By Blake Tommey
If the wealth of an average African-American family continues to grow at the same pace it has over the last three decades, it will take black families 228 years to acquire the amount of wealth that white families have in 2016.
According to the Institute for Policy Studies report, that’s only 17 years shorter than the 245-year span of slavery in the United States. In fact, the wealthiest 100 members of the Forbes list alone own as much wealth as the entire African American population combined.
Kevin Cosby, pastor of St. Stephen Church and president of the historically black Simmons College of Kentucky in Louisville, Ky., and the spearheading voice in the EmpowerWest movement in Louisville, says that if the church desires reconciliation, it must engage in the true work of racial justice — putting power into the hands of the black community for the creation of its own cultural space, wealth and strength.
“Centuries of oppression have created a wealth gap, a power gap between the white and black communities,” Cosby said. “Integration was the process in which white America made very limited space for blacks who would accept space in a white world with positions but with no power. It was the process that said black people needed to be saved from blackness, from their culture — not saved in their culture. It destroyed the collective strength of the black community and the wealth remained in white hands. Our goal is to empower black people in black space.”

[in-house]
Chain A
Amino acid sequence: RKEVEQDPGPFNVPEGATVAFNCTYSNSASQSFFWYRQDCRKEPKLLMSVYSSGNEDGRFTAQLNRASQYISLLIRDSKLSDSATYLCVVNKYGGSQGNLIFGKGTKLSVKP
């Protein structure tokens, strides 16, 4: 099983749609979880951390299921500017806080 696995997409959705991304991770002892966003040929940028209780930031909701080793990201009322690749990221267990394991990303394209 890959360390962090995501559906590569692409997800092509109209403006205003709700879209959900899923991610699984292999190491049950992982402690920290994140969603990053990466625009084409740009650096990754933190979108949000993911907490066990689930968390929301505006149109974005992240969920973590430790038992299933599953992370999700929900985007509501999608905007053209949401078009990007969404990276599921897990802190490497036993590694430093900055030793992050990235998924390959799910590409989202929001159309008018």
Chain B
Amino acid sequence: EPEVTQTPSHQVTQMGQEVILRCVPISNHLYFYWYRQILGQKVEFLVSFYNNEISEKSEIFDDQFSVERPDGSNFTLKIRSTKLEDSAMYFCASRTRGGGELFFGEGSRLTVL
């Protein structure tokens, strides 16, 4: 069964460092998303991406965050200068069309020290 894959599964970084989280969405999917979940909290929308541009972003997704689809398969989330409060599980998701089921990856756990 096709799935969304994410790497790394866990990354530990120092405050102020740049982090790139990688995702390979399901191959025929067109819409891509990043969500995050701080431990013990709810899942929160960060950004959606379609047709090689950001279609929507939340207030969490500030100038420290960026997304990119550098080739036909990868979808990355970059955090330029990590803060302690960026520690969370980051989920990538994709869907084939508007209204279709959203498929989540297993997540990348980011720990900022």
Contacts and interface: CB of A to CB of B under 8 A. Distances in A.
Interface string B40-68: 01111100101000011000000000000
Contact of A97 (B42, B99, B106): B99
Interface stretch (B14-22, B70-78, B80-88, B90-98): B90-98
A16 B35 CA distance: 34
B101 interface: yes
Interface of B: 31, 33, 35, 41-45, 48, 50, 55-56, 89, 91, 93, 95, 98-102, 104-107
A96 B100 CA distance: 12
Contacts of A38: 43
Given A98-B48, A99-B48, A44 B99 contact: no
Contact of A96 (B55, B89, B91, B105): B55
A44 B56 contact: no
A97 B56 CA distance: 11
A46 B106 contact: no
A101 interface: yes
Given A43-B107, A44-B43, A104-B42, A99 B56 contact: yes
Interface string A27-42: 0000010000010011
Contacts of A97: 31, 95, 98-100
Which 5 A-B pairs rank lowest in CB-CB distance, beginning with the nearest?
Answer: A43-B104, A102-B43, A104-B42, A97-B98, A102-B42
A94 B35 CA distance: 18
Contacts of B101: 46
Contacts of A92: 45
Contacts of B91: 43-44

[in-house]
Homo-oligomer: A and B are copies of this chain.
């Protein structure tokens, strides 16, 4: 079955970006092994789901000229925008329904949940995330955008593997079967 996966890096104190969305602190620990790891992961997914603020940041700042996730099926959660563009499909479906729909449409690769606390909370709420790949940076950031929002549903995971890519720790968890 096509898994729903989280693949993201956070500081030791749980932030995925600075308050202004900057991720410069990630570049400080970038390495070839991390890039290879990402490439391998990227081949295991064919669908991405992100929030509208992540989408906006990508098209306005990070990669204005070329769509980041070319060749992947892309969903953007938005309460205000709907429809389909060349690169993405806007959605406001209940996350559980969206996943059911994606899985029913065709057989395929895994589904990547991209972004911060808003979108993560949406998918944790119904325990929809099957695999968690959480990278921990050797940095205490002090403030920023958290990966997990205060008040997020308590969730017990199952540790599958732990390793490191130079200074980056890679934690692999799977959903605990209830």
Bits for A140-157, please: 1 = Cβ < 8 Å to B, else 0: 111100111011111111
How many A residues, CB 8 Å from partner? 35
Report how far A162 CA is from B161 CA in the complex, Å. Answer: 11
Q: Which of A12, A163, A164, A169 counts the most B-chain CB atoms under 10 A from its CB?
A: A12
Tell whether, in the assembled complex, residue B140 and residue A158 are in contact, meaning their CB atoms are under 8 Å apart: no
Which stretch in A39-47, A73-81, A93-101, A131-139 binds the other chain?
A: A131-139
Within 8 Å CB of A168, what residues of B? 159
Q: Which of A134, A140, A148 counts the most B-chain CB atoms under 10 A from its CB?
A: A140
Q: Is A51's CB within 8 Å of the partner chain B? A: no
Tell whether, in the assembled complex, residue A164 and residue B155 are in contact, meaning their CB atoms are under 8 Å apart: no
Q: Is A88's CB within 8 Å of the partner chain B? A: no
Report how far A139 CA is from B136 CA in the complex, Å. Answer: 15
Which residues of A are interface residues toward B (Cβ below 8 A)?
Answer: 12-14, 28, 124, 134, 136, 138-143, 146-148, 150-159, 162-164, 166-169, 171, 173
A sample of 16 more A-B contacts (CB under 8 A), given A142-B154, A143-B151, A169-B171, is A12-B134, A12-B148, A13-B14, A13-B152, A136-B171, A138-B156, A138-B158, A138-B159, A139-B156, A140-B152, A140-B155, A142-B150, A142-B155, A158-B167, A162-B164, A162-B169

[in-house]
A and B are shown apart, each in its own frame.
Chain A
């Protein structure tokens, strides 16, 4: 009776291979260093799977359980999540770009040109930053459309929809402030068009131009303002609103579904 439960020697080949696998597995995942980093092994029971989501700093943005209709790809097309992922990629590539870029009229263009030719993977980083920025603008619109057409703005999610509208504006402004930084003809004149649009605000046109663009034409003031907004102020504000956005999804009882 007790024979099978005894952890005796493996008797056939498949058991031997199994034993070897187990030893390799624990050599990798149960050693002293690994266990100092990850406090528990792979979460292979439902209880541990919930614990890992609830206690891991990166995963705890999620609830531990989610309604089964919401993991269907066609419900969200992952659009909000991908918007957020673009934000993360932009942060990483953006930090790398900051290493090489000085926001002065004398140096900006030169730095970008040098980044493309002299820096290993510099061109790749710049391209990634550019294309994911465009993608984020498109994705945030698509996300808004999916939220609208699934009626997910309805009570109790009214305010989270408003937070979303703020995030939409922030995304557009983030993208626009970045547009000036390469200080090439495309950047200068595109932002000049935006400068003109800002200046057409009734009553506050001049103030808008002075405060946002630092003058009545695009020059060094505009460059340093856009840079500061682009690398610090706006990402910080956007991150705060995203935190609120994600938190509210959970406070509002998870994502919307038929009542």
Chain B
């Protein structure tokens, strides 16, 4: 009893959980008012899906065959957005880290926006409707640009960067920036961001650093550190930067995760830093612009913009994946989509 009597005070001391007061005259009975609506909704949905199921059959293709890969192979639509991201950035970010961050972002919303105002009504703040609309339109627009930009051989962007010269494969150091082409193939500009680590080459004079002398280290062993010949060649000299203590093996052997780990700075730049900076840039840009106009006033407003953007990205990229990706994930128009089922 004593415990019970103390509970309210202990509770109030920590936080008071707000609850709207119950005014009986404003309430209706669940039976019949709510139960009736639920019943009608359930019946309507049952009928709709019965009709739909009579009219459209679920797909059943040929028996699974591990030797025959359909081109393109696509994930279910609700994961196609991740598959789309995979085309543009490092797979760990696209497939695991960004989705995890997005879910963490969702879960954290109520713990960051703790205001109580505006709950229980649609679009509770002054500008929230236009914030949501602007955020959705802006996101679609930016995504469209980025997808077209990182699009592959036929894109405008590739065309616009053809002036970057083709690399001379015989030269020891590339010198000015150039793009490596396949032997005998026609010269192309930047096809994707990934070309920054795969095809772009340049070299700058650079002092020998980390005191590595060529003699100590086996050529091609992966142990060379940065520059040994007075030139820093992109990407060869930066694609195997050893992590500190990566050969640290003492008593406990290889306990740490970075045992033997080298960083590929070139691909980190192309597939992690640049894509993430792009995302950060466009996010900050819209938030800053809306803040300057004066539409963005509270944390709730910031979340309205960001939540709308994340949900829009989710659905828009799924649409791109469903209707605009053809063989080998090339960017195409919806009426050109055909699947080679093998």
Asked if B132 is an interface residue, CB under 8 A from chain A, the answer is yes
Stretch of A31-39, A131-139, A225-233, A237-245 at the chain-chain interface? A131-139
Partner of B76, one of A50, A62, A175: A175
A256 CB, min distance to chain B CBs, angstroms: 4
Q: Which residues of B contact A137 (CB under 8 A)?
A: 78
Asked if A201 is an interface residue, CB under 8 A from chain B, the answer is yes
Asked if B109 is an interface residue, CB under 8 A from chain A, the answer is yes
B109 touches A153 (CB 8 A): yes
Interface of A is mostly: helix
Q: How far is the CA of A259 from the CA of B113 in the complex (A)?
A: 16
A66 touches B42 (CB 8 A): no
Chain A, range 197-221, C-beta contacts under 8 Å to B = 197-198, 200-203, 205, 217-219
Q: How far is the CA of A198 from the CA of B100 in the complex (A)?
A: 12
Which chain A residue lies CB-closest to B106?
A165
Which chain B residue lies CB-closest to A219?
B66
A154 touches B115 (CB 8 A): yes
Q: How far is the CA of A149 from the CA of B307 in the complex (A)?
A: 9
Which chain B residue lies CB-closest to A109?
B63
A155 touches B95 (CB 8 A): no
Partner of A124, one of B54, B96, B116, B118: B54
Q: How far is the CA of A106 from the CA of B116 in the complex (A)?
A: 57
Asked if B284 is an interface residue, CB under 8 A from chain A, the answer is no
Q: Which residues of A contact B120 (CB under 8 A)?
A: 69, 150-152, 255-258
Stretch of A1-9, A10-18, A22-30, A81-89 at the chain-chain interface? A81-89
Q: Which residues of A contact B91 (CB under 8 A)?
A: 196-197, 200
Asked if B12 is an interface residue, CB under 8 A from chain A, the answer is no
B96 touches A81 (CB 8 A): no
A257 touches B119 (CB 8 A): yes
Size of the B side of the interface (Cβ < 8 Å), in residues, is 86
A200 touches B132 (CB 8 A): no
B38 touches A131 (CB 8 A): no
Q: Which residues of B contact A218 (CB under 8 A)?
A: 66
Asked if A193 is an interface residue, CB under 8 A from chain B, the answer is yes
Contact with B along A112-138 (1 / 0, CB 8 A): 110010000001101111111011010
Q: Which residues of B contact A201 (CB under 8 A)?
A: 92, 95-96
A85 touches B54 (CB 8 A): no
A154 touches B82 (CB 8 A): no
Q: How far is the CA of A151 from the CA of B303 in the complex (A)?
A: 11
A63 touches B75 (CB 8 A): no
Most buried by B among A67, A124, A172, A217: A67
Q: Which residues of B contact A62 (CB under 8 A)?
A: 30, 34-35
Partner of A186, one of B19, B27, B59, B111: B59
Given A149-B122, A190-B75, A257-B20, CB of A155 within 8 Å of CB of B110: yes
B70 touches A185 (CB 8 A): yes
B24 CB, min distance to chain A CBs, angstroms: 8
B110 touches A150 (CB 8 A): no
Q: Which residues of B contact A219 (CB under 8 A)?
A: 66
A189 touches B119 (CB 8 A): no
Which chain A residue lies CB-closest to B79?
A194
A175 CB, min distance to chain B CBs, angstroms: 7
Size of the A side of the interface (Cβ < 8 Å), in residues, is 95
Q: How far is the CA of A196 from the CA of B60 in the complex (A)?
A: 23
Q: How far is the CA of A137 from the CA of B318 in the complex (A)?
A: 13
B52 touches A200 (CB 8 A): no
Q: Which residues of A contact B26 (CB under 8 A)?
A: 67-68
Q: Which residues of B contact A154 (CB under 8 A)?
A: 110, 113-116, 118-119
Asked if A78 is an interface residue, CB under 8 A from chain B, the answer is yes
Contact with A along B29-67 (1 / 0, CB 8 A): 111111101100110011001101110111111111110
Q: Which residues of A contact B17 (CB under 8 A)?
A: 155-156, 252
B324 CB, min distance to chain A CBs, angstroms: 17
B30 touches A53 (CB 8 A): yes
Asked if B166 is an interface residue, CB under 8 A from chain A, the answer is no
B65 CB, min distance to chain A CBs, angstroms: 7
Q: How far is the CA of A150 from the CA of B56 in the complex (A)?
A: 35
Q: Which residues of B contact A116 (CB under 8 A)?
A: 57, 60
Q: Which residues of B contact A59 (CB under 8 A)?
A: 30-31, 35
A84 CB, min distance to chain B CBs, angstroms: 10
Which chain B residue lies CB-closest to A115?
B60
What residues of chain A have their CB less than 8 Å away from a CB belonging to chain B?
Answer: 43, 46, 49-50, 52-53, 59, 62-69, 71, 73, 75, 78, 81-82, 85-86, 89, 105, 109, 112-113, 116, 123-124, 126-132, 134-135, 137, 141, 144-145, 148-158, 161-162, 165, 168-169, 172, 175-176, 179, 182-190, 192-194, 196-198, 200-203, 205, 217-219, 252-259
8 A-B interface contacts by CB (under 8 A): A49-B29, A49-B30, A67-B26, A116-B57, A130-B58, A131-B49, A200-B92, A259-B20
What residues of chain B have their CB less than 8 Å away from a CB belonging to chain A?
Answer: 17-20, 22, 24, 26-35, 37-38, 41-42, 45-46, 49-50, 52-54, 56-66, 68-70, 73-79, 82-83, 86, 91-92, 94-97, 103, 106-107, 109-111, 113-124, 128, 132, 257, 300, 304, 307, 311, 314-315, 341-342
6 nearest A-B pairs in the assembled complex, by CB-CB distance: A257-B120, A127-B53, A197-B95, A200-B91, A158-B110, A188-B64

With black empowerment at the heart of their mission, Cooperative Baptist Fellowship churches across Louisville, as well as leaders of CBF Kentucky, are forming together with Cosby, St. Stephen Church and Simmons College through EmpowerWest. Through education, community development and economic advocacy, EmpowerWest is partnering to renew the black community of West Louisville and help close the wealth gap between black and white Americans.
Before EmpowerWest became a movement, however, it began late in 2014 as a weekly conversation between Cosby and local CBF pastors, including Chris Caldwell, pastor of Broadway Baptist Church in East Louisville. Despite a strong desire to take action, Caldwell explained, he and other white pastors primarily listened and allowed black leaders to do 80 percent of the talking.
“White guilt doesn’t really get you very far, but white honesty does,” Caldwell said. “You come to the table with plenty of humility and ready to be honest about your perception of the world, about the facts of history. For instance, prior to the Great Recession, the ratio of white wealth to black wealth was 8-to-1; now it stands at 15-to-1. Even though East Louisville, where I live, has roughly the same population as that of West Louisville — 60,000 people — West Louisville has no hotels. I can’t even count the number of hotels in East Louisville.”
After months of conversation and learning, the goal of EmpowerWest was clear. Churches and leaders — white, black or otherwise — would begin efforts to empower the disenfranchised community in West Louisville and work together to develop its economic assets and help unleash its potential.
EmpowerWest began with a business fair at St. Stephen Church, where CBF churches and other congregations across the city gathered to meet and learn about black businesses in West Louisville. Furthermore, EmpowerWest created “Stokely’s List,” a complete database of more than 50 black businesses designed to funnel dollars into the black economy of West Louisville. Whether they needed a caterer, dry cleaner, beauty products or legal representation, churches and individuals could now be part of infusing West Louisville with capital.
In one of the most poignant expressions of EmpowerWest, Caldwell even utilized Stokely’s List to obtain funeral arrangements for his father, who passed away early in 2016, through A.D. Porter and Sons Funeral Home. Kevin Cosby says it is expressions of partnership like this, not charity, that allow white communities and individuals to become part of a black empowerment movement as servant helpers.